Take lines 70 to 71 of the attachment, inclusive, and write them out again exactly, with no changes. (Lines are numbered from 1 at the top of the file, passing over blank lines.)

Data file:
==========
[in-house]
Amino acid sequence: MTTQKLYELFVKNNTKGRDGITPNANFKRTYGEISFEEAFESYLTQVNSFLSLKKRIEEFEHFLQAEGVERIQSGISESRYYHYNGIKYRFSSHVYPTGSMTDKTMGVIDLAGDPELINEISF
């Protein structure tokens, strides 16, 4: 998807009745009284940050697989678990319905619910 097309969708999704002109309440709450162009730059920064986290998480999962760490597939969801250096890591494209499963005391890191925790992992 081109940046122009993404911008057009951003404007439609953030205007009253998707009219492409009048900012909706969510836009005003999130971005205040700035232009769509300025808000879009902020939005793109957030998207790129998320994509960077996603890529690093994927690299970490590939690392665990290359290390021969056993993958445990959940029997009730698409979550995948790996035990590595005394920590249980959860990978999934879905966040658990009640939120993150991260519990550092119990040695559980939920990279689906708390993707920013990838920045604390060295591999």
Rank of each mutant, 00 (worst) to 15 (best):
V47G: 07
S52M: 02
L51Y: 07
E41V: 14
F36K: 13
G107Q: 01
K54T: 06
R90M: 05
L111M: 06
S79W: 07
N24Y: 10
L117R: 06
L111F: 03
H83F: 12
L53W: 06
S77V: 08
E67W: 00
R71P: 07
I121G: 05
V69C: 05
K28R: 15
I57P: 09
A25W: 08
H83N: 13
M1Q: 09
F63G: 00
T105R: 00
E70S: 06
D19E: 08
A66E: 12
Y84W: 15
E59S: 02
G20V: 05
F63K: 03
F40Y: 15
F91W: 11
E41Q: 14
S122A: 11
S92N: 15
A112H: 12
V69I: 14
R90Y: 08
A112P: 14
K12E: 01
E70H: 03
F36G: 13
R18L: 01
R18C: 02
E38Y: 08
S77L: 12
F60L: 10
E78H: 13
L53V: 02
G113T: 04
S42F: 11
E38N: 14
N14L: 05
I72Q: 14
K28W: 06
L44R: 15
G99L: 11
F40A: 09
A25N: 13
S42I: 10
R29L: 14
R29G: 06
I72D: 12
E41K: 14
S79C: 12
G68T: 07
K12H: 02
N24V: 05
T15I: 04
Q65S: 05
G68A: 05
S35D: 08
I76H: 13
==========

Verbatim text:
R29G: 06
I72D: 12